It is also important to note that prices do not usually scale linearly. When a brand new high end chip comes out, it can often be priced much higher than its performance gain over the previous leader would warrant. At the same time, near the bottom of the spectrum, a small change in price can lead to a larger percent increase in performance as a CPU's perceived "value" approaches what it cost to make the chip. Prices also fluctuate greatly over time, so our comparison of averages will be more of an interesting indicator than a hard and fast rule.

The Test
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  • Pollock - Tuesday, April 27, 2004 - link

    I thought Unreal Tournament 2004 was already released?

    I was under the impression that some of the 3000+s were indeed Clawhammers with half the cache disabled, and that some were true Newcastles manufactured at those specifications. I think the 2800+ is like that, too, in that some of them are ones that failed at 3000+ speeds and that others are manufactured at those specifications. But I'm not completely sure.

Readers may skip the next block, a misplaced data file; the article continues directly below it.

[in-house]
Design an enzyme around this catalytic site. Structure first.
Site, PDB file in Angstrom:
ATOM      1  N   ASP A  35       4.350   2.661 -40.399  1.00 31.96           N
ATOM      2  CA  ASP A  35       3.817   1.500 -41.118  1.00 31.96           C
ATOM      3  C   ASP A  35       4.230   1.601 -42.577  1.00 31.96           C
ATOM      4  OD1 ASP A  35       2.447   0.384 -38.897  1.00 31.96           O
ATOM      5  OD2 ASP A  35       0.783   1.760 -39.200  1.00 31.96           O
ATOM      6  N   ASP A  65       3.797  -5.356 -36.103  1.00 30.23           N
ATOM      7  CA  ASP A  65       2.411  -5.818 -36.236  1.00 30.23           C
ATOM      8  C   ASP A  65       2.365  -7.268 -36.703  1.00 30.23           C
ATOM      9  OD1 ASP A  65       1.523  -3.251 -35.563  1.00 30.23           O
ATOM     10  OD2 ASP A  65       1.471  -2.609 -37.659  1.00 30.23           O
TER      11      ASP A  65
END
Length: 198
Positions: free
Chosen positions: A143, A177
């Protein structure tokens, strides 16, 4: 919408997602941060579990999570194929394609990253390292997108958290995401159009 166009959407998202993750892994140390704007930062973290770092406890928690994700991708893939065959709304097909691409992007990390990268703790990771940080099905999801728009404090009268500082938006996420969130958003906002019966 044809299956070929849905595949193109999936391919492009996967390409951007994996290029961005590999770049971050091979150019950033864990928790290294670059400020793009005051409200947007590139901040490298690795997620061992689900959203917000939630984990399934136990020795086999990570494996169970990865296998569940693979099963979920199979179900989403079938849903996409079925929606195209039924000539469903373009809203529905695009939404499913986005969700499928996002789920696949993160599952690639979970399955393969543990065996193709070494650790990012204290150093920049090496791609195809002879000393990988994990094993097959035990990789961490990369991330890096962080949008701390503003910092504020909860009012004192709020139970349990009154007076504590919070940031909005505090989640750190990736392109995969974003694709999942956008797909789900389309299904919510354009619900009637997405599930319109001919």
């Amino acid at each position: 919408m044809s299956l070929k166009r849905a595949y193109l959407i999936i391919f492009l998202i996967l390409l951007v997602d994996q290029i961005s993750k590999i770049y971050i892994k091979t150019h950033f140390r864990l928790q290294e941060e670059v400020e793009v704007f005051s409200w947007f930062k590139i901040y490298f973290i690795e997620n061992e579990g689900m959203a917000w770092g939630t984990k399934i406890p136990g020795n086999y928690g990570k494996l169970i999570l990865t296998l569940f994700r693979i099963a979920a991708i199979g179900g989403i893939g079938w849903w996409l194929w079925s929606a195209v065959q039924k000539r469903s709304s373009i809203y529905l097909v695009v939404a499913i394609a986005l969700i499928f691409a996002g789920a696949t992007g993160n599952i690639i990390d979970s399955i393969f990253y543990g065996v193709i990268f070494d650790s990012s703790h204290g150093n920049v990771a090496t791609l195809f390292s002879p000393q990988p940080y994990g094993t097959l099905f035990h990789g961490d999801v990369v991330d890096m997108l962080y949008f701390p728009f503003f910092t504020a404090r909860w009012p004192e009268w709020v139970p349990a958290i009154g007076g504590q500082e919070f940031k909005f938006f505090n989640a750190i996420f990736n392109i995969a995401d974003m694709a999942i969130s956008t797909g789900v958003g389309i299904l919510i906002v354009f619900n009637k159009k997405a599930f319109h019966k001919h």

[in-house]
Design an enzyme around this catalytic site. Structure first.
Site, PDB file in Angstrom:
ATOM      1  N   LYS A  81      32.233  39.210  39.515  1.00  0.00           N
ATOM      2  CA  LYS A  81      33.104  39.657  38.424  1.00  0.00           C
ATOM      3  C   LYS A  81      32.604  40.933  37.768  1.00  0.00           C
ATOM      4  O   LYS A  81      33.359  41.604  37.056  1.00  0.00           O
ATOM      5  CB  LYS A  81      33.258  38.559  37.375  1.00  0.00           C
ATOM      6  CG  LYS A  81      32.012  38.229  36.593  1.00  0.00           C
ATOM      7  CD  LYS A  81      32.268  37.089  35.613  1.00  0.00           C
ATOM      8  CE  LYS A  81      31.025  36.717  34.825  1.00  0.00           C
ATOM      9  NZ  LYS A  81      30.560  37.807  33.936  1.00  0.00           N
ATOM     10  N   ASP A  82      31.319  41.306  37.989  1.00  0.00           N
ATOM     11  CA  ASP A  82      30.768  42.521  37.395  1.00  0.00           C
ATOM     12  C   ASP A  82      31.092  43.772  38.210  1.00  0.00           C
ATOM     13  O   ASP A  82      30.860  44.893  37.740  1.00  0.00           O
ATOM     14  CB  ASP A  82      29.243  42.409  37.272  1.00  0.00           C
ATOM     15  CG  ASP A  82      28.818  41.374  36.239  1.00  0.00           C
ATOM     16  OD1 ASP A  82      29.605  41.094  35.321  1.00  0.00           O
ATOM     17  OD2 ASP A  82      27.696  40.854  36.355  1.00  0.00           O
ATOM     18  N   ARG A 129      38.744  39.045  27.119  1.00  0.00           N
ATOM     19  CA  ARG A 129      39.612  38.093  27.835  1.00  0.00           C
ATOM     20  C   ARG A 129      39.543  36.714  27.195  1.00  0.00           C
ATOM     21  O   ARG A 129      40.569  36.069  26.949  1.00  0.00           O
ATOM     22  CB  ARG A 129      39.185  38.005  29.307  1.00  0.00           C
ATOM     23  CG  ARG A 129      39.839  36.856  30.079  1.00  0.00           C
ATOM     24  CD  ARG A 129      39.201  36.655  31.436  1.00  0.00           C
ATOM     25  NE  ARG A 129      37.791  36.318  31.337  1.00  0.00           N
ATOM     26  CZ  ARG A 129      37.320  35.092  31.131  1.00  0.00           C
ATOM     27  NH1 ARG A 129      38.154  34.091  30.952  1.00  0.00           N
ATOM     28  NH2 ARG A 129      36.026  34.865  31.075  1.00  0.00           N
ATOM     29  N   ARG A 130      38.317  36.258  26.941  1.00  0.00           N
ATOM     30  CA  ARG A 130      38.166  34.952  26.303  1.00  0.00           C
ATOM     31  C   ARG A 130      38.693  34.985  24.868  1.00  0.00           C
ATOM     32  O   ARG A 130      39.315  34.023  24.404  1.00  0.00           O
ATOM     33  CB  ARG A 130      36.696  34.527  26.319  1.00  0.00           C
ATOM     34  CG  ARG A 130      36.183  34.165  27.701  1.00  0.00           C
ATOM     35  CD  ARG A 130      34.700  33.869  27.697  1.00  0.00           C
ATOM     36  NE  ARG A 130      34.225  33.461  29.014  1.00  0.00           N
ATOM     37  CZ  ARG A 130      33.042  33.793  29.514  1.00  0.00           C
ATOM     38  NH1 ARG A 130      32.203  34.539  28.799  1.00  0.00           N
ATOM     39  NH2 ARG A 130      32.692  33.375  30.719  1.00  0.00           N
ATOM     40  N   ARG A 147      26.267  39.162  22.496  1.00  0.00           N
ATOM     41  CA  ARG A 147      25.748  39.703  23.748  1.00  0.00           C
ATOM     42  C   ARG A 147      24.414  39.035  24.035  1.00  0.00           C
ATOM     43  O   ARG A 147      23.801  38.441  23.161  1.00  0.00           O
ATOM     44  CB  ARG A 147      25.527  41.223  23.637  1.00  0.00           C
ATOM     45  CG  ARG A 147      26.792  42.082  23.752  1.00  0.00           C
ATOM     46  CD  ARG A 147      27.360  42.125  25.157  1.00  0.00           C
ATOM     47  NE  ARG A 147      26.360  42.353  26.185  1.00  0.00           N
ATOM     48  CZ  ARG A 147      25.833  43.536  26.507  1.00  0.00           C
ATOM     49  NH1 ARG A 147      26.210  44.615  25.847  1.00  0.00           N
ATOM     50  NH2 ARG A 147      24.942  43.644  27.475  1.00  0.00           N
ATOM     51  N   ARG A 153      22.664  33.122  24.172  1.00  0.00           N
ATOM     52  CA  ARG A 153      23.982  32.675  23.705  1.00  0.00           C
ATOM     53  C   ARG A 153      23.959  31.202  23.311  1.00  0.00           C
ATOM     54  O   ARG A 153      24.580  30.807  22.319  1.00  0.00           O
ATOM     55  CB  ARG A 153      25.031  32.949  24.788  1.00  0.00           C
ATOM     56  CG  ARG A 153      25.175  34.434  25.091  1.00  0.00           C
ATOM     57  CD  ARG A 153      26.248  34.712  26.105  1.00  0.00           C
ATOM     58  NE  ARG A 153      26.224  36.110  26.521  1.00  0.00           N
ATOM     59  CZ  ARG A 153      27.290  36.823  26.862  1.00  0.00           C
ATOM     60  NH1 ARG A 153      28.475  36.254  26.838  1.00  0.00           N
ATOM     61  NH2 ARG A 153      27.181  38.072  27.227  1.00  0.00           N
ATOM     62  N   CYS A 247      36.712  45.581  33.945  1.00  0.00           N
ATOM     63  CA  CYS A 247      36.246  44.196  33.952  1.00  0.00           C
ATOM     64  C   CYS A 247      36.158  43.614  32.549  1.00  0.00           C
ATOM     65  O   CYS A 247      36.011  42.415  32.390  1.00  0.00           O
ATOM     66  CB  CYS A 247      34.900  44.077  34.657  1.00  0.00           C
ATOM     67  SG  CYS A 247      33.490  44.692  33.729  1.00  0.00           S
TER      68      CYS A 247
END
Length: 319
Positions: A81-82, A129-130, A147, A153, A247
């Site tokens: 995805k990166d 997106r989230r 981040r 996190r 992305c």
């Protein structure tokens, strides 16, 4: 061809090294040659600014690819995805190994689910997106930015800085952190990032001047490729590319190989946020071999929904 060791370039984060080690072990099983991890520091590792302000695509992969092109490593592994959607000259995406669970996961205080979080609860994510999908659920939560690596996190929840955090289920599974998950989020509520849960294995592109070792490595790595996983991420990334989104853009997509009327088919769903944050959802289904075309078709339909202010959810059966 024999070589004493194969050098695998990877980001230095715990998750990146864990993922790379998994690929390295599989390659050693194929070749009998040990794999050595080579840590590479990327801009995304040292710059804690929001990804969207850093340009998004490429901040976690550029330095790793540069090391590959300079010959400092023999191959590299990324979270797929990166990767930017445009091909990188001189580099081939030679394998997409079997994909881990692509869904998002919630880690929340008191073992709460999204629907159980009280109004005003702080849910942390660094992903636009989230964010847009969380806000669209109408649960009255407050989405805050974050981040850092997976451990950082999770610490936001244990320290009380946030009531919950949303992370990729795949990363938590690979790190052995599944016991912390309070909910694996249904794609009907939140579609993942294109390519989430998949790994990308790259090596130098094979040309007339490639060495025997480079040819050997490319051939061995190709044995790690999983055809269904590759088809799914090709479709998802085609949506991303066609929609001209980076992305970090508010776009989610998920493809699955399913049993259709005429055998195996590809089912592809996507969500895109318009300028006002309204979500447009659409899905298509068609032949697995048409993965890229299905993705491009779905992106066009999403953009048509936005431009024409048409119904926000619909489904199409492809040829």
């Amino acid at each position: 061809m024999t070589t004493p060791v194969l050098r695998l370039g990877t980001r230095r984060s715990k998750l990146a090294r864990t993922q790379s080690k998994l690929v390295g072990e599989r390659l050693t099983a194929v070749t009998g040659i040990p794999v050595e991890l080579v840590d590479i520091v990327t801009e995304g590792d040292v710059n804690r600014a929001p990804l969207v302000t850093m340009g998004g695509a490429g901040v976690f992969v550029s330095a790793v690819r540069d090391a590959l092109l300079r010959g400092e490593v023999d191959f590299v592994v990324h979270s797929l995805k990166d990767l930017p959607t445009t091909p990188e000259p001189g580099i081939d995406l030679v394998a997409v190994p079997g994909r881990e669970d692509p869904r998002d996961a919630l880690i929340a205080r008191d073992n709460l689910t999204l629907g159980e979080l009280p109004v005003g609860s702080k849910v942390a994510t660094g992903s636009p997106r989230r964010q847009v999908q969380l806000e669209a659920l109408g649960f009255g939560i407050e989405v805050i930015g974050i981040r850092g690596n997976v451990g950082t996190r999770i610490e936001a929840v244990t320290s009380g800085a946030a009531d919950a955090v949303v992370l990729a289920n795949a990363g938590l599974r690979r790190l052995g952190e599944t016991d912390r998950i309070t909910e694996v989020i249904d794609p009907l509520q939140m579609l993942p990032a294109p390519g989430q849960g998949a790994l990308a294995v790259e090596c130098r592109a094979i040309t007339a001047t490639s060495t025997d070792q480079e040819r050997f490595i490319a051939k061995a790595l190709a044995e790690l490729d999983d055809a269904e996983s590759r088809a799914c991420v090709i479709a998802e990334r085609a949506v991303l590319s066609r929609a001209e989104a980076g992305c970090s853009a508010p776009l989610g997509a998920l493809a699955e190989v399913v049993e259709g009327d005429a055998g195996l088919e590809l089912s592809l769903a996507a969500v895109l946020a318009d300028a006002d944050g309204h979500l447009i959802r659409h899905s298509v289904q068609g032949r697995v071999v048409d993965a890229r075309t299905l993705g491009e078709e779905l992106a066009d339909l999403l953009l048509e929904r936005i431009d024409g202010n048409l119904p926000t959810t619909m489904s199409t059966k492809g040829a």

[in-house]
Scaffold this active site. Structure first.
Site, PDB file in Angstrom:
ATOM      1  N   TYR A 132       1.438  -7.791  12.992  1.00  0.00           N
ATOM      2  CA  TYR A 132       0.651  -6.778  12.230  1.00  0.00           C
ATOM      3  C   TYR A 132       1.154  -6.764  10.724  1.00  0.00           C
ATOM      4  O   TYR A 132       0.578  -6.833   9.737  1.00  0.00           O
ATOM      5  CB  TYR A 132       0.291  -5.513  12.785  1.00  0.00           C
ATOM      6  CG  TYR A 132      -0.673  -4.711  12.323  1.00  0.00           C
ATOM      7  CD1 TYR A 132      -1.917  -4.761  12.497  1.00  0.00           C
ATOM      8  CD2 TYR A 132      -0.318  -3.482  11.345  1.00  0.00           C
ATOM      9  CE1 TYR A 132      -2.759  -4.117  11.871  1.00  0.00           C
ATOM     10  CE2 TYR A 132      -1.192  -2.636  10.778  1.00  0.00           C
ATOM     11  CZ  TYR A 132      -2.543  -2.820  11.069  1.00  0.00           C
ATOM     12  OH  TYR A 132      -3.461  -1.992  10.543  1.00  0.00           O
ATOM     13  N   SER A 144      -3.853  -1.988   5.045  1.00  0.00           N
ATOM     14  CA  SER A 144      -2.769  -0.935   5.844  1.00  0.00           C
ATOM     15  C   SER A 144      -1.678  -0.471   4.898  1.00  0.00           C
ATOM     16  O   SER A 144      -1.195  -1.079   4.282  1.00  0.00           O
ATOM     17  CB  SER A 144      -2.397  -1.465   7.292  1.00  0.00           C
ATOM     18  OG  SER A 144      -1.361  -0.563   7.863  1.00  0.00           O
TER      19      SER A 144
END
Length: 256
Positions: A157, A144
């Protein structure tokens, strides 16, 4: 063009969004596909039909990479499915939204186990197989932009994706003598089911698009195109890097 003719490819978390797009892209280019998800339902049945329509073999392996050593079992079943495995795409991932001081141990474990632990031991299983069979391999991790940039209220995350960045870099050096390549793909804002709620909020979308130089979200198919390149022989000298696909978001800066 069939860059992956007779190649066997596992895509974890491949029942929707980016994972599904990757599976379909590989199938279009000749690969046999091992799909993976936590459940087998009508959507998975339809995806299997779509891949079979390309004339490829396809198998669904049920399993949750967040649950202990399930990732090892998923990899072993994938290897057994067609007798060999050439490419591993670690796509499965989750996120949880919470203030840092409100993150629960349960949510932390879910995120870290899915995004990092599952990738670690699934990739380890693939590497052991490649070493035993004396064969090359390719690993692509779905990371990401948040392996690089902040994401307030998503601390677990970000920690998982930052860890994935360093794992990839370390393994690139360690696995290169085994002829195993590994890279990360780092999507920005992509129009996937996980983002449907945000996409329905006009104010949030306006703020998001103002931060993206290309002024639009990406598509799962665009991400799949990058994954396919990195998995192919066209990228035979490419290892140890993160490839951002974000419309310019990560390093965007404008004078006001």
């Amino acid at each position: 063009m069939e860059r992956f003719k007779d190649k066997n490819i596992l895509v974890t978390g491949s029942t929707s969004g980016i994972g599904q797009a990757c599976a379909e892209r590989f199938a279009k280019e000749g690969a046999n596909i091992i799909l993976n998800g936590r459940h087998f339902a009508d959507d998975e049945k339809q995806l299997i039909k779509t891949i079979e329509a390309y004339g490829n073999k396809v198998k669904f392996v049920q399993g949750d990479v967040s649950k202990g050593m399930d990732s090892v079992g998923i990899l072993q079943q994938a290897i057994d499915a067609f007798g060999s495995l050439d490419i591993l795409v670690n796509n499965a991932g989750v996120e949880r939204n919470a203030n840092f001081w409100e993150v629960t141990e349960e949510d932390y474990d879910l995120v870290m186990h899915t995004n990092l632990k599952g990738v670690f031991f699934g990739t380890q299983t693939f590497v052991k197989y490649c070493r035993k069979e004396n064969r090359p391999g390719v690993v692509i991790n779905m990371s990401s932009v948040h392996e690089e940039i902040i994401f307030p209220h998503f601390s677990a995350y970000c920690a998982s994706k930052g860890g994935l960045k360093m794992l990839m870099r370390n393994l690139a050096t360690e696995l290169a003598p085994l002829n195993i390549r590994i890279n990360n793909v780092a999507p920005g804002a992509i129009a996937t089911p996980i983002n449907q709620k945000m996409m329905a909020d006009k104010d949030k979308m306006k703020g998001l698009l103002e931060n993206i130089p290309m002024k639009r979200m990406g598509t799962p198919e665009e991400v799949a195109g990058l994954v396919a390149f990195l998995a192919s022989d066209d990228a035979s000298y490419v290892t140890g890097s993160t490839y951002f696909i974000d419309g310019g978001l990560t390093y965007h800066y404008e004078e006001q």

I agree with AtaStrumf, I don't see why people are making such a big deal over socket 939. The performance difference with dual channel memory has already been demonstrated to be negligible with socket 940 processors, so that's no reason to get 939 over 754. And upgradeability, in my eyes if you have the money to buy a new processor every few months or so, you shouldn't be concerned with upgradeability. People get socket 754 for value, so you only want to buy one processor every 18-24 months anyway, like which AtaStrumF said, a new socket should be out.

    And speaking of little performance loss, I, too, would have liked to see overclocking results with the 2800+...after all, that's the whole point of it, really.

    Rant over.
    Reply
  • SKiller - Tuesday, April 27, 2004 - link

    those are OEM prices btw Reply
  • SKiller - Tuesday, April 27, 2004 - link

    The current street prices for those are currently about what's listed below.

    XP 3000+ $120
    64 2800+ $170
    64 3000+ $210
    Reply
  • Cybercat - Tuesday, April 27, 2004 - link

    Most of the benchmarks are VPU limited. It would have been better to use older games with low resolutions in order to eliminate the graphics card from the equation. It's hard to tell which is better in gaming with this method, since with most of them it's so close it's within margin of error. Reply
  • AtaStrumf - Tuesday, April 27, 2004 - link

    I'll just stick to my 2500+@3200+ on NF2Ultra400/SoundStorm mobo, thank you very much.